How does a company with such a long and deep relationship with both the retail industry and its customers mess this up? Woodman argued that GoPro’s dominance in the action camera market — the company’s products accounted for over 80 percent of action cameras sold, according to an NPD report cited in its earnings release — has made it hard to notice when something’s amiss.
“We don’t really have significant direct competition to take market share from us when we make a mistake,” he said. “AT&T has Verizon. Ford has Chevy. BMW has Mercedes. So when AT&T makes a product pricing mistake and market share quickly goes to Verizon or T-Mobile, AT&T can say, ‘oh my God we’ve got to fix this problem and course correct.’ In GoPro’s case, historically, when a consumer hasn’t purchased GoPro, they more often than not don’t buy anything.”
Woodman continued this thought on a call with investors this week. “A competitor would help us understand the dynamics of our market, our business, pricing sensitivity. The challenge has been, frankly, that in many cases the only data we had access to was our own. So that’s why some of these pricing challenges that may seem obvious really were not obvious.”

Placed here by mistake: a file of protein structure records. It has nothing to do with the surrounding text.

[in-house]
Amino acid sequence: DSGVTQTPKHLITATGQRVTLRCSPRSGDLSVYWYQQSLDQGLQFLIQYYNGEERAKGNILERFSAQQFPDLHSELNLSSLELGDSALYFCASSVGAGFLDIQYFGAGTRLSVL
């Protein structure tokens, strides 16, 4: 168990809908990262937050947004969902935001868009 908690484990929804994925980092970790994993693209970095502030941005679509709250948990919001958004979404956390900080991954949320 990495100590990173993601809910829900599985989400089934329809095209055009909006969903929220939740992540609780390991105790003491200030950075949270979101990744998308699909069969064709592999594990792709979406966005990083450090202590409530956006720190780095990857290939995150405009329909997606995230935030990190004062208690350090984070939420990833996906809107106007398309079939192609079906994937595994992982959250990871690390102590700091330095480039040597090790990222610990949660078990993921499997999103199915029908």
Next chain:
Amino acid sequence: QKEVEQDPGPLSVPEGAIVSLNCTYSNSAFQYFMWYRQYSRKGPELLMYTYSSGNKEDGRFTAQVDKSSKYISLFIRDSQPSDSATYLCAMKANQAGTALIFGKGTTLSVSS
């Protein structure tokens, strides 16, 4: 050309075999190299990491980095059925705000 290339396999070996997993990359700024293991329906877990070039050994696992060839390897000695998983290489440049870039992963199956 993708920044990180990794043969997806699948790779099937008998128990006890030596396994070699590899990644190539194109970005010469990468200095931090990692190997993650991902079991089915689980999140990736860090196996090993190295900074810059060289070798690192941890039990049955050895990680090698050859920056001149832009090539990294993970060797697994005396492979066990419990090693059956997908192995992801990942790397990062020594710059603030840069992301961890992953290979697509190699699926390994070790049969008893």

GoPro cut the prices of the Hero 5 Black and Session by $100 in December, a move that it says doubled and even tripled sales in some markets. It made a similar price cut to the Hero 6 in January. But the damage to the holiday season was done. GoPro had gone from its first profitable quarter in two years to stepping on its own foot.
And then it canceled Karma.
Karma was a product that always seemed fraught. It had been delayed for months by the time a screaming Woodman pulled the drone out of a backpack and thrust it in the air like he was standing on top of Pride Rock. It was recalled within weeks, on election night no less. And when it came back on the market, it never really stacked up, feature-wise, to industry leader DJI’s drones. (GoPro’s argument on this front has always been that Karma was made for GoPro users, not necessarily as direct competition to DJI.)